What Do You Call an Aging Bicycle Boy?

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My new exercise routine involves riding my bike along the Hudson river path that runs along the West Side highway. Most mornings, after dropping Eden off at school, I go home, change into a pair of shorts and sneakers, cue up my iPhone and hop on my bike. The bike path is gorgeous, overhung with tree branches, running right along the river park, an oasis in the maelstrom of the concrete jungle.

But here’s the thing: as great as it feels to be out there—wind on my face, legs pumping, heart pounding—it’s killing my ego. Other riders are flying past me like I’m standing still. Okay, okay, I get it. I’m riding a heavy old Schwinn that used to belong to my wife and has too small a frame for me and also has the added weight of a banana seat on the back for ferrying my 9-year-old daughter around. It’s not a fast bike. And I’m not a kid anymore even though I still think of myself as one. I’m sixty. And I don’t expect to be keeping up with the guys on their ultralight racers outfitted in full biker regalia. But it’s not just them. I’m getting left in the dust by women in dresses on Citibikes and businessmen on small-wheeled folding bikes. I’m getting passed by kids on friggin’ skateboards! And it’s humiliating.

I try not to let it affect me. I remind myself that I’m doing this for my health not my ego. I’m not in a race. It’s not a contest. But still, it bothers me. Is it just that my bike is painfully slow? Or is it me? Can I really be this pathetic and feeble? I want to be the one passing people. I want to be the one flying along, feeling like I’m king of the bike paths. So, I’ve been seriously thinking about upgrading my ride. Getting a bike-path torpedo, something that’s going to move. But then I think, What if I’m still getting passed? What if it doesn’t change anything? What then? Will it make me give up this whole biking venture?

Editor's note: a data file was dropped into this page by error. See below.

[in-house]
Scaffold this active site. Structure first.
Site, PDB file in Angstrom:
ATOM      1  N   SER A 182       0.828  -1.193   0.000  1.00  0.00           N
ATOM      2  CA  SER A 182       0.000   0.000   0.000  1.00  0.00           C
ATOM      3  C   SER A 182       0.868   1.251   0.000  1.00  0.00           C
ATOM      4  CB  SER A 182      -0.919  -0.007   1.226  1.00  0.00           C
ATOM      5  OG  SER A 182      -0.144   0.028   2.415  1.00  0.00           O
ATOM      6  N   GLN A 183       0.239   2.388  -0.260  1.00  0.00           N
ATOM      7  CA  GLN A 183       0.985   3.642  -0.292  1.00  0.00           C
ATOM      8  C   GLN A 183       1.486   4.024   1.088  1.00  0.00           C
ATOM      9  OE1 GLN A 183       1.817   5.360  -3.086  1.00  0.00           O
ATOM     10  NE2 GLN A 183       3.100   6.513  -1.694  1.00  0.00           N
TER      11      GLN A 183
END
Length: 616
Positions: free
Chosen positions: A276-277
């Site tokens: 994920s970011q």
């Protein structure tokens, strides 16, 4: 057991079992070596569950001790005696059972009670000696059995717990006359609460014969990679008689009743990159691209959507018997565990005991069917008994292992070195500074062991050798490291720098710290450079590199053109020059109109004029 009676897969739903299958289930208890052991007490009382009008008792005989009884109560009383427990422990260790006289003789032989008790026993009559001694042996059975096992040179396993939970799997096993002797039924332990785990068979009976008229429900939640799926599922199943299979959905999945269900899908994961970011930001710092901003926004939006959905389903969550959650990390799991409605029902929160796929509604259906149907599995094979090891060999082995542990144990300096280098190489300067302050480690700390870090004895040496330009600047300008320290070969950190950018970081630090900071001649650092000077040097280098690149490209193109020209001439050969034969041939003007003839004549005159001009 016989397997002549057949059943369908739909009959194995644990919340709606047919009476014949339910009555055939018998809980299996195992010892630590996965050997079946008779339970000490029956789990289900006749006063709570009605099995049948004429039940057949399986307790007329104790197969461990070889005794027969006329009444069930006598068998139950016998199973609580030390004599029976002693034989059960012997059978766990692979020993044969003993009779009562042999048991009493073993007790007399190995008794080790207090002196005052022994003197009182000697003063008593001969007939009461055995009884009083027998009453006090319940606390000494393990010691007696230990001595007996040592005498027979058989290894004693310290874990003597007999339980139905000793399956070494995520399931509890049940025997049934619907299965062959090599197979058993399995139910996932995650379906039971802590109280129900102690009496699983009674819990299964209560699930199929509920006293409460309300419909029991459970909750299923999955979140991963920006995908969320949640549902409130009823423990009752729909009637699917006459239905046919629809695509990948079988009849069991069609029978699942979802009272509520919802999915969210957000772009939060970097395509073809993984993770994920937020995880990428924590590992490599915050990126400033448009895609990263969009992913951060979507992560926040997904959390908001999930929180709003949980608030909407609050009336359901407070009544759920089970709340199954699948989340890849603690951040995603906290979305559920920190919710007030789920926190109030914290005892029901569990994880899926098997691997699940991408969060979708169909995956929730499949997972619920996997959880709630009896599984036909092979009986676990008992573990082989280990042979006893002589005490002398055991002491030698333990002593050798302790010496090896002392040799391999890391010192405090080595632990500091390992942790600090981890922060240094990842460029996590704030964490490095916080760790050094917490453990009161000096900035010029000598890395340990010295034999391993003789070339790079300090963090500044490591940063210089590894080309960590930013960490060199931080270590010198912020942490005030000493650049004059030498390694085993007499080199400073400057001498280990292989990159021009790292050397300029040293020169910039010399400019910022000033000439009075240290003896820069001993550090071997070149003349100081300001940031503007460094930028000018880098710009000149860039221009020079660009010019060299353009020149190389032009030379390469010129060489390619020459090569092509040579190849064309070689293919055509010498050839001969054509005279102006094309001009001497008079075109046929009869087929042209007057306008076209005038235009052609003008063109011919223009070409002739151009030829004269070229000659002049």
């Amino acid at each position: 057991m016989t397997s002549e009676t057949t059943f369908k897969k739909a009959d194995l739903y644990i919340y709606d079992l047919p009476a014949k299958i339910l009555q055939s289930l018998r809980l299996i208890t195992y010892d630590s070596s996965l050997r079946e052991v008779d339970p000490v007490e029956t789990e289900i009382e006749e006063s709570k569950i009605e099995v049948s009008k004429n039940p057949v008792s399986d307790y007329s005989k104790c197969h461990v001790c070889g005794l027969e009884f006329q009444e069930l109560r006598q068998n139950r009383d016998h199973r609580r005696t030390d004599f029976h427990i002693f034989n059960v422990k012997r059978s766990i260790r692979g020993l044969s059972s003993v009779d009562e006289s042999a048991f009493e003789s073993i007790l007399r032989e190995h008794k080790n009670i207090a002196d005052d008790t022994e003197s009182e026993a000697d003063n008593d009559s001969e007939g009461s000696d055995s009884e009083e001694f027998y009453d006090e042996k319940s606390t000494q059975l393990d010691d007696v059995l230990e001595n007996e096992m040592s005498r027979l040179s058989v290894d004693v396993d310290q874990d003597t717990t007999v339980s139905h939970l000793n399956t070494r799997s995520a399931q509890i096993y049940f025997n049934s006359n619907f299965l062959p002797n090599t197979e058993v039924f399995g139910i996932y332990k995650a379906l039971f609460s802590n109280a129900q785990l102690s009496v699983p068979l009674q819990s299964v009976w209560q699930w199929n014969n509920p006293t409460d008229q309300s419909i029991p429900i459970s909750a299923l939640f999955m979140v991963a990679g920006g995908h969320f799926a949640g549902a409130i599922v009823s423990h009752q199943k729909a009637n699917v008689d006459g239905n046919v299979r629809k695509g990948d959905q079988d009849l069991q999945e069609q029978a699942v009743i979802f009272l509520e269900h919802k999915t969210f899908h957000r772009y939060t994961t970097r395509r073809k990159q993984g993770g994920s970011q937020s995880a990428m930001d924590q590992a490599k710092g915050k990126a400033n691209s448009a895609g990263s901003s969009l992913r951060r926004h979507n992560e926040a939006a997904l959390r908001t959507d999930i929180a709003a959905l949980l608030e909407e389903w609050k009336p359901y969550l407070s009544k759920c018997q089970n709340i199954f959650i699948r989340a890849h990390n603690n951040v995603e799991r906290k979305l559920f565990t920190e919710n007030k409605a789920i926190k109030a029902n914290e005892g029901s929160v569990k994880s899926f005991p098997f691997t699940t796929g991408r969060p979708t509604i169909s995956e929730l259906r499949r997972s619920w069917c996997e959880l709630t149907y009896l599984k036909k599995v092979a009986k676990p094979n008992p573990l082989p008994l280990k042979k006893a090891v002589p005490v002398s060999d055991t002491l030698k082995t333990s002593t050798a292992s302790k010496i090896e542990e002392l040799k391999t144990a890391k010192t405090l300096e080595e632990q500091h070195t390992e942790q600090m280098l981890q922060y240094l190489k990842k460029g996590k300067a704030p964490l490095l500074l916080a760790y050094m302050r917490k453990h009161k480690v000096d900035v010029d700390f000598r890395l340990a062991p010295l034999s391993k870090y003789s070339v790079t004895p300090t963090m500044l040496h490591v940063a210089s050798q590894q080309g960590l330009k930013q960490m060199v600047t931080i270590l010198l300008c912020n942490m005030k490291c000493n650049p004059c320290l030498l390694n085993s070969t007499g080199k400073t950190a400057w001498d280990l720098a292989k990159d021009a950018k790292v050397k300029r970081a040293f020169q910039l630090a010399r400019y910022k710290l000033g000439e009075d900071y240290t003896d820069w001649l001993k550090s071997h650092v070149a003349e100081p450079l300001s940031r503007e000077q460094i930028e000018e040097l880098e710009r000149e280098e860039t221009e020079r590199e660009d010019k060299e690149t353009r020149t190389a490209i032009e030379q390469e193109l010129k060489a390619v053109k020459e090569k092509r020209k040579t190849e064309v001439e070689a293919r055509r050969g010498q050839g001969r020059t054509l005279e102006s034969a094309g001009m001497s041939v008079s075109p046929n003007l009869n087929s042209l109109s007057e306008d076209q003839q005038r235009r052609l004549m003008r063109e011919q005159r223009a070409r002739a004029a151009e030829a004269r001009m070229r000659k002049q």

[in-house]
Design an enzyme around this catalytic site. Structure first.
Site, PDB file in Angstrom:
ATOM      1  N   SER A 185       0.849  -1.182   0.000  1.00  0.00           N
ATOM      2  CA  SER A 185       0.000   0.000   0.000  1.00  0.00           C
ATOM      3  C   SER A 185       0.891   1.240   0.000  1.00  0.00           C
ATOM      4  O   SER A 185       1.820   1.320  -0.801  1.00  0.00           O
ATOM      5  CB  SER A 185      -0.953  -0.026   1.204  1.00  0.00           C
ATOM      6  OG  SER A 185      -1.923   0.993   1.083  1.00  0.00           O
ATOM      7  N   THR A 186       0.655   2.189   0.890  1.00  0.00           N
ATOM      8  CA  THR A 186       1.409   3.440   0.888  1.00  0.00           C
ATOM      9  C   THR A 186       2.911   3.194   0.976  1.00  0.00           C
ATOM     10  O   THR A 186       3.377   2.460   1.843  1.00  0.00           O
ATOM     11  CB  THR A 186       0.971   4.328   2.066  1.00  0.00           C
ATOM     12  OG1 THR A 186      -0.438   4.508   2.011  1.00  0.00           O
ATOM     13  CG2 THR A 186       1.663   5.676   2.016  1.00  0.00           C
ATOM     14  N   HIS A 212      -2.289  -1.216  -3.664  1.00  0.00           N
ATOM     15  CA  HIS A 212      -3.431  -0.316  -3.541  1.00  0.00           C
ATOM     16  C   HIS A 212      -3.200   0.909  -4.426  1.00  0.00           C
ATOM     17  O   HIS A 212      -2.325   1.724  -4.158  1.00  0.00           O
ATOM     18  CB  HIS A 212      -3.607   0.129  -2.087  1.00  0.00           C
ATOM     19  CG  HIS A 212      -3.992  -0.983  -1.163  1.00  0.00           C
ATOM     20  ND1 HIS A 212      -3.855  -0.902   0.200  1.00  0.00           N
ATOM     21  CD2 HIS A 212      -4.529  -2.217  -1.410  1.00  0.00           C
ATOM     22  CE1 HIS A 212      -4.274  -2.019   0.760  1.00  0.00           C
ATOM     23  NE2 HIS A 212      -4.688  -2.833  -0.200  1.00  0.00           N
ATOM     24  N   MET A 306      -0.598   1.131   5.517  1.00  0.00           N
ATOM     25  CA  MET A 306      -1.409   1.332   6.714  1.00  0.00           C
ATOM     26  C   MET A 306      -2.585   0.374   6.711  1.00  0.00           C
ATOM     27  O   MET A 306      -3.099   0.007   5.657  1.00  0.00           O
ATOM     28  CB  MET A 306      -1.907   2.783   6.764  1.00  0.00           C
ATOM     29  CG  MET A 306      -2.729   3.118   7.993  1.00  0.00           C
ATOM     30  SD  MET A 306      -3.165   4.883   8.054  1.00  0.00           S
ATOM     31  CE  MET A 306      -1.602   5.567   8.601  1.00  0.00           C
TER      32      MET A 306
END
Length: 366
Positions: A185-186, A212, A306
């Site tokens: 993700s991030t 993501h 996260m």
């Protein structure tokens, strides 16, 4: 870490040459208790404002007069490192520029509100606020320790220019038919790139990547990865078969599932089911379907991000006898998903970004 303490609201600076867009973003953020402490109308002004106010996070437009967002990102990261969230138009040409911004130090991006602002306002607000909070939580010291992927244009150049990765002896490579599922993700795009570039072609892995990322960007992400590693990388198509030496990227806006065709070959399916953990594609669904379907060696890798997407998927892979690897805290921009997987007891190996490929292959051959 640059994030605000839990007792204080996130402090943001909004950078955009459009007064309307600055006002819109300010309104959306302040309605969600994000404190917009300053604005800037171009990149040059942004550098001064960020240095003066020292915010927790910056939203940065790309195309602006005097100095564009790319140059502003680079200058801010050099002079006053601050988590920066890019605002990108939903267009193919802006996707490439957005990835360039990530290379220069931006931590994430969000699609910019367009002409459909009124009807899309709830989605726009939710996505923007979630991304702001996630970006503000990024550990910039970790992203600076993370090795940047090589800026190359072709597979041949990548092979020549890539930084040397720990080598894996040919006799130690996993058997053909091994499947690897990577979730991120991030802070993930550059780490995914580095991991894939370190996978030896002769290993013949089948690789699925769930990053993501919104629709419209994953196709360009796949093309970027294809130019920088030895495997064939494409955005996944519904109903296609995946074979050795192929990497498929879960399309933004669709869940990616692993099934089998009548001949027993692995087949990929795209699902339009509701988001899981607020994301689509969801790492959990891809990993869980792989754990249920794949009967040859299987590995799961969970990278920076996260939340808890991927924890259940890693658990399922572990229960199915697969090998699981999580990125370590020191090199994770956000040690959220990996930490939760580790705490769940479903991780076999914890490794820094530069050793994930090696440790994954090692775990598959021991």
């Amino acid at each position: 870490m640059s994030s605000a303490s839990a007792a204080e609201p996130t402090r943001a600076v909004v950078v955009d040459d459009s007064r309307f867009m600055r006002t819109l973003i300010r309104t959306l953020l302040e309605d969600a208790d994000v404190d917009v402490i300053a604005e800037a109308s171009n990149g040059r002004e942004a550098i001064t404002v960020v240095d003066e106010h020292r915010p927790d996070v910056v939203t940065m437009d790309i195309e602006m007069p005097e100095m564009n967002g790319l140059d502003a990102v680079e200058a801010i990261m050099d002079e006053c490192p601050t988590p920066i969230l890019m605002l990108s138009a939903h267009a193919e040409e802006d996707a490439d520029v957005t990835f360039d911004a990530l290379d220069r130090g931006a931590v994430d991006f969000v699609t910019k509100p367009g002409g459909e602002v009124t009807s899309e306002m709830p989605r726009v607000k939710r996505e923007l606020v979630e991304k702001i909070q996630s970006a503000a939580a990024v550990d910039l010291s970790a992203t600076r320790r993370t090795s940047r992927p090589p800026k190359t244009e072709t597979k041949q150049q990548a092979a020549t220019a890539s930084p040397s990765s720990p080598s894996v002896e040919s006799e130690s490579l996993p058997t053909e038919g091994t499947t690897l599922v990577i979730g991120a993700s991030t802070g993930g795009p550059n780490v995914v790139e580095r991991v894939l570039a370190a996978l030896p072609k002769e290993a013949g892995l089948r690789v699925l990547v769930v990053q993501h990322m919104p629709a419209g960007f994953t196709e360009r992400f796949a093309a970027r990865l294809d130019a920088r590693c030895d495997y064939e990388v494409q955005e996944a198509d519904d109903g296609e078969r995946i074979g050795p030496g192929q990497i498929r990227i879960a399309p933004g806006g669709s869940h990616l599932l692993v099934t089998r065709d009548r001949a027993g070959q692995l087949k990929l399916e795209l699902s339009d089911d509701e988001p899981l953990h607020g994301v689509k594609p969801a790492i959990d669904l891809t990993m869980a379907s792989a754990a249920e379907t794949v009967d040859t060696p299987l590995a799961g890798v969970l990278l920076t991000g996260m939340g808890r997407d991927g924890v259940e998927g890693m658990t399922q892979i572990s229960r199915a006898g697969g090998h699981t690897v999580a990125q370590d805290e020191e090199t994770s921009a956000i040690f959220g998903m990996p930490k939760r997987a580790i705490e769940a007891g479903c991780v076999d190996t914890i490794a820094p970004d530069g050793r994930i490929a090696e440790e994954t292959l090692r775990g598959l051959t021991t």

So I’m kind of in a quandary. I don’t really want to know the truth. I don’t want to know that I’m slow and old and that’s why everyone and their mother is passing me by. For the time being, I think I’ll probably just stick to my clunky old Schwinn and pretend that it’s not the carpenter that’s the problem, it’s his tools.

By Peter Alson

Peter Alson is a writer and editor. Among his published books are the memoirs Confessions of an Ivy League Bookie and Take Me to the River. He's also co-authored (with Nolan Dalla) One of a Kind, a biography of poker champion Stuey Ungar, and Atlas, the autobiography of boxing trainer and commentator Teddy Atlas. His articles have appeared in many national magazines, including Esquire, Playboy and The New York Times. He has worked as a writer for People magazine, and as an editor for Playboy and for Hachette Publications. He has written screenplays for Paramount and various independent producers, and his TV pilot, Nicky’s Game, starring John Ventimiglia and Burt Young, appeared in the New York Television Festival and the Vail Film Festival. As a poker player he has finished in the money numerous times in the World Series of Poker and other events. He lives in New York with his wife, Alice, and their daughter, Eden.

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